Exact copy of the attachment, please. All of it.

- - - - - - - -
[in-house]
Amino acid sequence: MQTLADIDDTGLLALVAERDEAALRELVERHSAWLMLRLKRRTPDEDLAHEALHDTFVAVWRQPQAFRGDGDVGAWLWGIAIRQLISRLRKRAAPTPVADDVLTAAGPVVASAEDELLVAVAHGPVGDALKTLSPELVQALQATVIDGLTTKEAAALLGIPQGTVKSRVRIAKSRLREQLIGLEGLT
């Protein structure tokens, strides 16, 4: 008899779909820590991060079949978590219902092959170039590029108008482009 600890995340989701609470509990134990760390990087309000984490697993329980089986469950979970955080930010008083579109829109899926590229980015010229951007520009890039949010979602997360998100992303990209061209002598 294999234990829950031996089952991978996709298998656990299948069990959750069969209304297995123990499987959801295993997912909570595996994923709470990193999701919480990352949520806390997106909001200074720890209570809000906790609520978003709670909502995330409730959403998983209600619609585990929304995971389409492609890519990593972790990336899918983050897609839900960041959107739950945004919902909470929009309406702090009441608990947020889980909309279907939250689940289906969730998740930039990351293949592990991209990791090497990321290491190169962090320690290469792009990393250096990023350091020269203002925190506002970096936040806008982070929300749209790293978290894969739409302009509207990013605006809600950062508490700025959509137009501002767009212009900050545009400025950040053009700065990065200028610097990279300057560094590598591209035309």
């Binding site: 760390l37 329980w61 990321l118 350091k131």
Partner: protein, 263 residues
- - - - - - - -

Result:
[in-house]
Amino acid sequence: MQTLADIDDTGLLALVAERDEAALRELVERHSAWLMLRLKRRTPDEDLAHEALHDTFVAVWRQPQAFRGDGDVGAWLWGIAIRQLISRLRKRAAPTPVADDVLTAAGPVVASAEDELLVAVAHGPVGDALKTLSPELVQALQATVIDGLTTKEAAALLGIPQGTVKSRVRIAKSRLREQLIGLEGLT
């Protein structure tokens, strides 16, 4: 008899779909820590991060079949978590219902092959170039590029108008482009 600890995340989701609470509990134990760390990087309000984490697993329980089986469950979970955080930010008083579109829109899926590229980015010229951007520009890039949010979602997360998100992303990209061209002598 294999234990829950031996089952991978996709298998656990299948069990959750069969209304297995123990499987959801295993997912909570595996994923709470990193999701919480990352949520806390997106909001200074720890209570809000906790609520978003709670909502995330409730959403998983209600619609585990929304995971389409492609890519990593972790990336899918983050897609839900960041959107739950945004919902909470929009309406702090009441608990947020889980909309279907939250689940289906969730998740930039990351293949592990991209990791090497990321290491190169962090320690290469792009990393250096990023350091020269203002925190506002970096936040806008982070929300749209790293978290894969739409302009509207990013605006809600950062508490700025959509137009501002767009212009900050545009400025950040053009700065990065200028610097990279300057560094590598591209035309």
């Binding site: 760390l37 329980w61 990321l118 350091k131």
Partner: protein, 263 residues